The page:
Vampire Facelift: A Shocking Anti-Aging Treatment

Cynthia Dermody

blood dripping from needle

With everyone ultra obsessive over all things vampires, even drinking blood, it makes sense that one of the hottest new plastic surgery procedures going is something called the Vampire Facelift, using a cosmetic filler called Selphyl.

Not it's not really a facelift, because there is no cutting of skin involved. Yes, it involves blood -- your own. But you don't drink it, a doctor injects it into you. You won't come out looking like Kristen Stewart or one of the sexy vamps on True Blood (sorry), but as a slightly fresher, younger looking version of yourself, as is the goal of any filler.

Selphyl is prepared by drawing a patient's blood, separating the platelets from the red blood cells, blending the platelets with a fibrin mixture and injecting it to the area a patient wants to augment, like their lips or area under their eyes. Experts say it has several benefits over the most commonly used fillers, like Restylane and Juvederm, different brands of hyaluronic acid, which are thick and often lead to bruising when injected.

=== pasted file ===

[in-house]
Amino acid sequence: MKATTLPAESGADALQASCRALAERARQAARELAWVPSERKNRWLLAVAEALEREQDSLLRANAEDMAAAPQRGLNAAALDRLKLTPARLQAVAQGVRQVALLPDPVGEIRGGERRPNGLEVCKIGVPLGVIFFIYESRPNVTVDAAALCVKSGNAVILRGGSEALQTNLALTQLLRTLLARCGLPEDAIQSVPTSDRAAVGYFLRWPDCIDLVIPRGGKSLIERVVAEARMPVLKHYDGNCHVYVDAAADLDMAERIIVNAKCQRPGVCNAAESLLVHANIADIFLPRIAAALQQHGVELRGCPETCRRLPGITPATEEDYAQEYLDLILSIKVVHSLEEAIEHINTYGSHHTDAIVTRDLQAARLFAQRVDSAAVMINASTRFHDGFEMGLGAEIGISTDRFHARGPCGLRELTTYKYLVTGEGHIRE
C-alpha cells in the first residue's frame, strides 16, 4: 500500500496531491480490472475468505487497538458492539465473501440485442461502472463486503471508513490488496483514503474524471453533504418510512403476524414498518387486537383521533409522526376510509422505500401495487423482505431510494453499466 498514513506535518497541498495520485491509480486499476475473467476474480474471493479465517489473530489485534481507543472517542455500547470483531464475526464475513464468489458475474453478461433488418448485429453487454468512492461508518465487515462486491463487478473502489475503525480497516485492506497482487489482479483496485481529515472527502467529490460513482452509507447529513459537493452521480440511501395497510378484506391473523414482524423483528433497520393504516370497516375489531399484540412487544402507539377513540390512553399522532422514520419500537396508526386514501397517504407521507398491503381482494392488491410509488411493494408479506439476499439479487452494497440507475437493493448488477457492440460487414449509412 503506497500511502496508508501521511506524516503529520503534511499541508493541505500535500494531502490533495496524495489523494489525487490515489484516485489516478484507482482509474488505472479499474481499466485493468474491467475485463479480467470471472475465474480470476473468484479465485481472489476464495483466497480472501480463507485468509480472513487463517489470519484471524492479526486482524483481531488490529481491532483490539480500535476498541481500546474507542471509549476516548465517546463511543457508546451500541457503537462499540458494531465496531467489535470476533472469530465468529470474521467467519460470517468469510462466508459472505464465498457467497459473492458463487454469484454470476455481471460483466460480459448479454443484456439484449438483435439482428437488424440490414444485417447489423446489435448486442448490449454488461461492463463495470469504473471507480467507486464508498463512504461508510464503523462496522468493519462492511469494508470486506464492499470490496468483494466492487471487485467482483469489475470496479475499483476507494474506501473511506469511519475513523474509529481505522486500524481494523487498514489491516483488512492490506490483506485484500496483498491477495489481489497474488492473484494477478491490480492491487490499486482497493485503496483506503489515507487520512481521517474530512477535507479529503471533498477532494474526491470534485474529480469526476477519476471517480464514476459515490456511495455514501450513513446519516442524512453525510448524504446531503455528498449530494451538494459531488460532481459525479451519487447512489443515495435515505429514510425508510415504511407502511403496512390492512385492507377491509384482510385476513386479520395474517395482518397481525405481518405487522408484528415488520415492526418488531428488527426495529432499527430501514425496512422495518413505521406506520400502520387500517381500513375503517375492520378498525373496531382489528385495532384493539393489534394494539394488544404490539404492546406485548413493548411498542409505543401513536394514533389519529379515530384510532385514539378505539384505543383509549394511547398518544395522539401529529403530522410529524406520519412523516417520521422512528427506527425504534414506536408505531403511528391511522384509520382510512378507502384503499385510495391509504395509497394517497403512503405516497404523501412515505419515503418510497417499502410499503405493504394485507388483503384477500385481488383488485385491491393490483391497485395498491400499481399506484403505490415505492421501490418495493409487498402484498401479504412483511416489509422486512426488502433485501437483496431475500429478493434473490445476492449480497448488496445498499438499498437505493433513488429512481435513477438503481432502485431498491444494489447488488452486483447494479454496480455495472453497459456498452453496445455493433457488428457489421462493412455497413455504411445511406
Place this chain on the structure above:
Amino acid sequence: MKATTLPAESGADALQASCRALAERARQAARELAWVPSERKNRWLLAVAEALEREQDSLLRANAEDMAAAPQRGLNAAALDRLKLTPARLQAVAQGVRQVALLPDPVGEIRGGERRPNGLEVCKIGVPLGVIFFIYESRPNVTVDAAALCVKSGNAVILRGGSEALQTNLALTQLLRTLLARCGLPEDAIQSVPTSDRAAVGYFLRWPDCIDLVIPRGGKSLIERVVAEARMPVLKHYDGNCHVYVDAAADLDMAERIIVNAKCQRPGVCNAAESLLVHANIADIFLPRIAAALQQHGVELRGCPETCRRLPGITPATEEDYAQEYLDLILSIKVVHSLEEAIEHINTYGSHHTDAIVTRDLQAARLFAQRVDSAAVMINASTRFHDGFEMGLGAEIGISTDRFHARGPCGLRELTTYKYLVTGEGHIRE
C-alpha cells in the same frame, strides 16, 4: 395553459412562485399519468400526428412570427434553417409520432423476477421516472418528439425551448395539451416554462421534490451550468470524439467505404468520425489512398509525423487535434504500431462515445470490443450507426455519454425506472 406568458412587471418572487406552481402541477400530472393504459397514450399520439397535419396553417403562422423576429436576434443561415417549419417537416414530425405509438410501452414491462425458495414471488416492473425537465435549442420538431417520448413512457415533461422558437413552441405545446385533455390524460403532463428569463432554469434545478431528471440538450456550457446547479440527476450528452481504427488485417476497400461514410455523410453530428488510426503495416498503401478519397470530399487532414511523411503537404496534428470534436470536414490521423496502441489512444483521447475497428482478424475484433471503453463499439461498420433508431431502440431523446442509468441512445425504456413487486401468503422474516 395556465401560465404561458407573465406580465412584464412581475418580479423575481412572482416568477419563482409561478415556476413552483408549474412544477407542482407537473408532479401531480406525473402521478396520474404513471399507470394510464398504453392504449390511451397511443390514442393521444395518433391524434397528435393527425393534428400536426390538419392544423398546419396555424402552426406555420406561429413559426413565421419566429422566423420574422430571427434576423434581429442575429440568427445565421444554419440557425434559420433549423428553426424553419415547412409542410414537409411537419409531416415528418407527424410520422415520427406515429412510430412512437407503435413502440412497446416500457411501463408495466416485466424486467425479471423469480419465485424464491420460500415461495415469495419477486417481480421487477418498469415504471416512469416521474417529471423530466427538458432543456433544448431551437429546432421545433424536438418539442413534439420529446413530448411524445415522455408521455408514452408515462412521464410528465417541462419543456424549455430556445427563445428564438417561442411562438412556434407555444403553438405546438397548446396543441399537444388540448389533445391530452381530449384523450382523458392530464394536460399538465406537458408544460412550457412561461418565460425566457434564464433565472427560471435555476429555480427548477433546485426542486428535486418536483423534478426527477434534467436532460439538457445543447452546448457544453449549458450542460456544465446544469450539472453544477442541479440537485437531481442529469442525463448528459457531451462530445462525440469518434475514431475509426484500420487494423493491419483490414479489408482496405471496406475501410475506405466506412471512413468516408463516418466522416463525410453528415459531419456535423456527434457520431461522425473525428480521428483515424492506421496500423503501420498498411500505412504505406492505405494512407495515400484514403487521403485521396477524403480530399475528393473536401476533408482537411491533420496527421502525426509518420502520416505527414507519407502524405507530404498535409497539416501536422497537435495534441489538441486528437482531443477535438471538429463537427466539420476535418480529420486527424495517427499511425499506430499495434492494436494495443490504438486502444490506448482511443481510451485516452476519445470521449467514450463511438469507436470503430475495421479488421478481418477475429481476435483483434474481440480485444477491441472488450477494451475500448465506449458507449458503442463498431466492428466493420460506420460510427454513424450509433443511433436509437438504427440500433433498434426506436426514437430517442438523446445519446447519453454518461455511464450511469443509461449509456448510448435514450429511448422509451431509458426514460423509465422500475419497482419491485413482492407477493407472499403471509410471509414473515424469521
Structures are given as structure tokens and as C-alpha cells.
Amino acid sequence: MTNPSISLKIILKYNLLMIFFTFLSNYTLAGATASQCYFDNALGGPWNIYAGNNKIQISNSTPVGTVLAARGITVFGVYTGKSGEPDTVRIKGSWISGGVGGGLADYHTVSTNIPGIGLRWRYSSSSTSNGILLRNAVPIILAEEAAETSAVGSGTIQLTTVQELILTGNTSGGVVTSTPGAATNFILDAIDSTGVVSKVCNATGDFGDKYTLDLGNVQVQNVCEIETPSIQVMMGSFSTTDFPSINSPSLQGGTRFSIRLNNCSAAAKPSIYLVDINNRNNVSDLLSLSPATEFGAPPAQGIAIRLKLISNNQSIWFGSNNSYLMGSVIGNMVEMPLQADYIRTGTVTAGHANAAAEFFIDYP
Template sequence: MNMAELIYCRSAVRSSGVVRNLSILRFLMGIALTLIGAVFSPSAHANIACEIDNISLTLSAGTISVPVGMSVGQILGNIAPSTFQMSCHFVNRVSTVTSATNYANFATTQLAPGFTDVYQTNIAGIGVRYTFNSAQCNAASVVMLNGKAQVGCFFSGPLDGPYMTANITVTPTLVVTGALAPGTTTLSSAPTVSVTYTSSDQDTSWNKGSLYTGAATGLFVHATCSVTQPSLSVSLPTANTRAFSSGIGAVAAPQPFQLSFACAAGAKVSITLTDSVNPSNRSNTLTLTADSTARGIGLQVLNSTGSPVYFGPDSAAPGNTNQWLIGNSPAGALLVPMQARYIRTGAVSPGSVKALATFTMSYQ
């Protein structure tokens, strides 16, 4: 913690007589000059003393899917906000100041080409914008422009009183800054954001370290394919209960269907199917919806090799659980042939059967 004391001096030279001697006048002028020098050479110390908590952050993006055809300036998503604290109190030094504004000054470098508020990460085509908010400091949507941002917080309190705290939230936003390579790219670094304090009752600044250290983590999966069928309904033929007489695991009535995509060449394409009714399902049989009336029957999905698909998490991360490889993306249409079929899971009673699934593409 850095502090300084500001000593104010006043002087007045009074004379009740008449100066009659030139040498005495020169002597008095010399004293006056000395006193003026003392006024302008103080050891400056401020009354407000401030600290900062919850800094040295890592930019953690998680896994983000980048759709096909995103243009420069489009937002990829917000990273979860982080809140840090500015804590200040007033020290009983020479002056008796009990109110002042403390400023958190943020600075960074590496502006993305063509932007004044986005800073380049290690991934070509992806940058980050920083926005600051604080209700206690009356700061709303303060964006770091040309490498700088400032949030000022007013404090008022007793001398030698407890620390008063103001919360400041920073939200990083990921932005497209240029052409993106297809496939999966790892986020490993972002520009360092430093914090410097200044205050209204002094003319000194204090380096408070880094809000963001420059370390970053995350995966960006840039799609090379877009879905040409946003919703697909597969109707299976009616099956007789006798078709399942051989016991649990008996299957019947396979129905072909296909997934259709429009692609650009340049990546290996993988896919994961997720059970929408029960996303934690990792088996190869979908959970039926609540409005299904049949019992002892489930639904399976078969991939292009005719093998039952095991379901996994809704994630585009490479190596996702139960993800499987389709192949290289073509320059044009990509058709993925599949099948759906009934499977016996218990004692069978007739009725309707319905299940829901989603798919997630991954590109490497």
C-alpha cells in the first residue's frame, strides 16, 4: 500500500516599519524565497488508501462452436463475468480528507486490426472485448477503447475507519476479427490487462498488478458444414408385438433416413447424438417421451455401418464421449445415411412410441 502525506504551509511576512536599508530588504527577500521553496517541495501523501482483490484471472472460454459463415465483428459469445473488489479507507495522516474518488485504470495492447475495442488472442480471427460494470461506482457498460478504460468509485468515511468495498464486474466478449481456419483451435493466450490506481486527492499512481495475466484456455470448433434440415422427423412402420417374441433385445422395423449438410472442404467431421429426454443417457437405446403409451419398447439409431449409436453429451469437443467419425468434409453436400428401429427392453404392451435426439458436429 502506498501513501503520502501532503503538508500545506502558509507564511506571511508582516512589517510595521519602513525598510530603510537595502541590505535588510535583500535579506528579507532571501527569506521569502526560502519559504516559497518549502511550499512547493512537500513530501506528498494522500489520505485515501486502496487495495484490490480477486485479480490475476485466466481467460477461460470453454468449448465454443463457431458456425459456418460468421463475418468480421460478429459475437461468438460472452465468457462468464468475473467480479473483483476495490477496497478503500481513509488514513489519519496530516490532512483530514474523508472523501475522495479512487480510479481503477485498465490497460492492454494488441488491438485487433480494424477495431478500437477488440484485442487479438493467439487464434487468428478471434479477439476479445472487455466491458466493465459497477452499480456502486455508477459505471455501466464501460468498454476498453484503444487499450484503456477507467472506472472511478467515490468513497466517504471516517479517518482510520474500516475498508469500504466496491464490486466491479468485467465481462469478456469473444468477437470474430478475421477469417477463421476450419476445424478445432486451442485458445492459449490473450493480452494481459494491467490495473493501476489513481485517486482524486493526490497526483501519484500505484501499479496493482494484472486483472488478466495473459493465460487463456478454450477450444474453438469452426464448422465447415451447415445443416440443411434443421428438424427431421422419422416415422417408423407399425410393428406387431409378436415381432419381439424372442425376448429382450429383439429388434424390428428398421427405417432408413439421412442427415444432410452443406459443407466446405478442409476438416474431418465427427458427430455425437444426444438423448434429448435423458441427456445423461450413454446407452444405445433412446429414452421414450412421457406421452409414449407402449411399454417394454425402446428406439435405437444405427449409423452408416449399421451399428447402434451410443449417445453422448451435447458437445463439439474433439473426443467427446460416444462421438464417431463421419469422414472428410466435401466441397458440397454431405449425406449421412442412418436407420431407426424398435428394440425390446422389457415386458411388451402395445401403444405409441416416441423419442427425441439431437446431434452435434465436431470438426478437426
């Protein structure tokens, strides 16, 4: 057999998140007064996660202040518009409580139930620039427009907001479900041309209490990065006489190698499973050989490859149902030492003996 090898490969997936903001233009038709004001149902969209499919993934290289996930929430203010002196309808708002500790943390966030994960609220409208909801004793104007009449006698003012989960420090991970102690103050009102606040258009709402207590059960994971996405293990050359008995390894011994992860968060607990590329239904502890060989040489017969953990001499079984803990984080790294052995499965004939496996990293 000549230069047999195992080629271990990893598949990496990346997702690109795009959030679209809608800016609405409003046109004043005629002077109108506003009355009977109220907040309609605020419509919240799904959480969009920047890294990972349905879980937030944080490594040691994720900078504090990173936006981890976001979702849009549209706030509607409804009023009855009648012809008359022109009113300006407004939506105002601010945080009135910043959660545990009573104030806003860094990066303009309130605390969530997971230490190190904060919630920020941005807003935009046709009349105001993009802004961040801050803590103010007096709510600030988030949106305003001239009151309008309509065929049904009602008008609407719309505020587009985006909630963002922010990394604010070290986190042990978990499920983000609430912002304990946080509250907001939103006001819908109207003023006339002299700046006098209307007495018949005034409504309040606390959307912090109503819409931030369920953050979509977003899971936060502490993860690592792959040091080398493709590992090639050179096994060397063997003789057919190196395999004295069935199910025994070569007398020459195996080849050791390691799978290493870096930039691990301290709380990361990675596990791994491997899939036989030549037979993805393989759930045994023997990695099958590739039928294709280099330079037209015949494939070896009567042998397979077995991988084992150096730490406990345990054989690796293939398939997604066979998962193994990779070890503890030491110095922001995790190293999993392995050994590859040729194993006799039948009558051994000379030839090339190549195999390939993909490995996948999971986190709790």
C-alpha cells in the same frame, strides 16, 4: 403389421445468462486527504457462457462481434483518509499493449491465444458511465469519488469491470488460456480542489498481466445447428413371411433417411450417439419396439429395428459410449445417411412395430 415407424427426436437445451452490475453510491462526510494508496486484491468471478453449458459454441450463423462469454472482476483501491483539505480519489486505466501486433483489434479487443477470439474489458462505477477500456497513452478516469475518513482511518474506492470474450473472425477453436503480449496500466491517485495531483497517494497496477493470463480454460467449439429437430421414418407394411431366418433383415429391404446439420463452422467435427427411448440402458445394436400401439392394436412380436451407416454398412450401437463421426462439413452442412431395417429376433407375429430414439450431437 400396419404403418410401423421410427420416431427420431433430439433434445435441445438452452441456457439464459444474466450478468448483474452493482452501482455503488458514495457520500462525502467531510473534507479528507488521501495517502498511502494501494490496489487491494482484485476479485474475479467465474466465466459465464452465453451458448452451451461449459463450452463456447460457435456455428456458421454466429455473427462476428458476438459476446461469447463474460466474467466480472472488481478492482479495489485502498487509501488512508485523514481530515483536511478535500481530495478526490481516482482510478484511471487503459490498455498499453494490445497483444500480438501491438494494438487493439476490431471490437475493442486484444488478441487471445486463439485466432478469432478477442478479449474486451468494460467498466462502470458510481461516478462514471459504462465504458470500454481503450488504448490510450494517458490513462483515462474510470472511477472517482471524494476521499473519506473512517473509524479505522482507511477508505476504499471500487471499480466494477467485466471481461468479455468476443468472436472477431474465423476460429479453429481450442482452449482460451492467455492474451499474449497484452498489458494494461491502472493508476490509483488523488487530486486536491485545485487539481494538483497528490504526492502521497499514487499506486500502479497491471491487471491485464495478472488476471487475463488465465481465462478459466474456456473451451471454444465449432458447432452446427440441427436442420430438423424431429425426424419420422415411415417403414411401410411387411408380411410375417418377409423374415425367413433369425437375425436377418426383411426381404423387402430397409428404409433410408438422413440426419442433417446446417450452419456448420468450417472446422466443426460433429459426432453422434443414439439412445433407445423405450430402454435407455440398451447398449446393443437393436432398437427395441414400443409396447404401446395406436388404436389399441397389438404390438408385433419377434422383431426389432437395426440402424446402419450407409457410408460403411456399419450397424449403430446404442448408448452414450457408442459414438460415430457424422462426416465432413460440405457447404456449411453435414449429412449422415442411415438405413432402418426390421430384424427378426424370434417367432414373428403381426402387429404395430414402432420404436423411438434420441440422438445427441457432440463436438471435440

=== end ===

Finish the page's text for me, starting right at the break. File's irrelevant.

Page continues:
Selphyl is thinner, so it causes little bruising. It supposedly lasts longer too -- up to 15 months compared to a year for the other fillers. It's also said to have a bigger collagen building benefit: When injected just under the skin, it activates new skin cell growth and, over time, leads to a stronger collagen support structure. Selphyl discharges a protein which prompts new cells to grow and spread throughout the treatment area. Because it is thinner, doctors have to over-inject it, so the face initially looks puffier than after the face settles down.

Since it's new, some dermatologists and cosmetic surgeons are reserving judgment till it stands the test of time, and plus, the current popular fillers are safe and work extremely well. But they all agree that in terms of marketing, it's a great name.

Will you consider cosmetic fillers when the time comes?


Image via Amagill/Flickr

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